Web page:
“Understanding the mirrors and the optics [of the gravitational wave detectors] is really crucial, so we have samples of mirror material and things like that that we can characterize, and try and come up with better materials and understand the materials we do have,” Harry said.
Before coming to AU in 2011, Harry did research at MIT. While there, he missed interacting with students and decided to come to D.C. to teach. Harry has since seen a continuous growth in the science programs at AU and thinks that will continue to happen in the coming years.
“A lot of the people that are being hired are very active in some very cutting-edge fields,” Harry said. “A lot of the new faculty are bringing some very exciting research to campus. There’s also talk of a PhD program in the life sciences, which is crucial for doing impactful research.”
Dean Starr said that there is currently one PhD program in the sciences, but the provost has talked about adding one or two more once the life sciences building opens and is able to support another PhD program.
Starr believes new facilities on campus will impact the growth of science at AU, as the current resources have become inadequate to sustain the level of predicted growth.
“While we have grown the size of the science faculty quite remarkably over the last nine years, we are now at a point where we really don’t have the facilities to grow the science faculty anymore,” Starr said.
He noted that the new Don Meyers Technology and Innovation Building on East Campus will become the home for several of the science departments and bring the faculty and students closer together.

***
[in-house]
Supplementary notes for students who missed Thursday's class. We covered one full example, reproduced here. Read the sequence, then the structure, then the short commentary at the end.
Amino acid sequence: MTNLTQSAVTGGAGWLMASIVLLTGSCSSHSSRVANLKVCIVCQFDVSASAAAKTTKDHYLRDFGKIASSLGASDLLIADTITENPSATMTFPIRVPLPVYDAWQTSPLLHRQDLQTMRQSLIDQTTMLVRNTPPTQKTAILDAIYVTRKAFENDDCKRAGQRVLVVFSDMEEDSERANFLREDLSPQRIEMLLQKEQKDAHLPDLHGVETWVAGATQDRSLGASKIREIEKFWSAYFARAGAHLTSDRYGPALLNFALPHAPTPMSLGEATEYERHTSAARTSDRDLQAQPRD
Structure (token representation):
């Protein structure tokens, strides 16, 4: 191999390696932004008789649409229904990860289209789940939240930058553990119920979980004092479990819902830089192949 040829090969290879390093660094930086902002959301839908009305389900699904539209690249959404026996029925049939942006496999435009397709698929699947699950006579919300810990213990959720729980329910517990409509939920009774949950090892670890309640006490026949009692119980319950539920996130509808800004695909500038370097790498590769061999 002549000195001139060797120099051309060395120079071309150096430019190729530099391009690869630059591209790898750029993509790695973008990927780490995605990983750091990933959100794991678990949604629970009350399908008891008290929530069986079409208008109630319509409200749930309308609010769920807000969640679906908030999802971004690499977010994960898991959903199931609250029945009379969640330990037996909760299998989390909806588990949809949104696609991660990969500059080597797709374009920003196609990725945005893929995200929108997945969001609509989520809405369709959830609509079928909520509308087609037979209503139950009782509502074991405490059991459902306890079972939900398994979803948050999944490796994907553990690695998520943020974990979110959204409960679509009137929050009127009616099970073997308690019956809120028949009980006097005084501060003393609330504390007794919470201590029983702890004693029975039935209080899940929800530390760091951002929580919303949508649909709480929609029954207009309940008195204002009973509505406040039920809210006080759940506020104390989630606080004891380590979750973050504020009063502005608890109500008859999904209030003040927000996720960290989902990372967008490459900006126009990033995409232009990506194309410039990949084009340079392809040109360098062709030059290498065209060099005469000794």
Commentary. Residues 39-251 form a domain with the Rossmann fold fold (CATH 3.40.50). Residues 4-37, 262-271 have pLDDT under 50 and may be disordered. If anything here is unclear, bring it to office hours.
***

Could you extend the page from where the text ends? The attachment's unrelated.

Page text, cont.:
The expansion of the sciences will allow AU to compete with the facilities and programs of similar universities and will give science students plenty of opportunities to expand on their education.
“We’re bringing ourselves up to what our peers are of our size. We did an analysis and looked at other schools that have the same undergraduate population that we have and said, ‘Okay how many people do they have in physics, in chemistry, in biology?”, Sofia said. “We said, ‘how big are we supposed to be compared to these other schools that we would like to be like?’”
Olivia Bell and Erin Swartz, both juniors majoring in biology, noted how the smaller size of the program has allowed them to work closely with professors, but acknowledged that new facilities are needed.
“I knew I wanted to do science coming into college, and what drew me to AU was the fact that it was a smaller school and the department was smaller, so the aspect of getting a closer bond with professors was appealing,” Swartz said. “But Hurst [Hall] is so old and it has poor facilities, so a new building is needed.”
“Research brings in money,” Bell said. “In order to get funding and build a good relationship with donors, you need to have stronger hard sciences. The departments are expanding which will promote happier faculty and students and will also attract more prospective students.”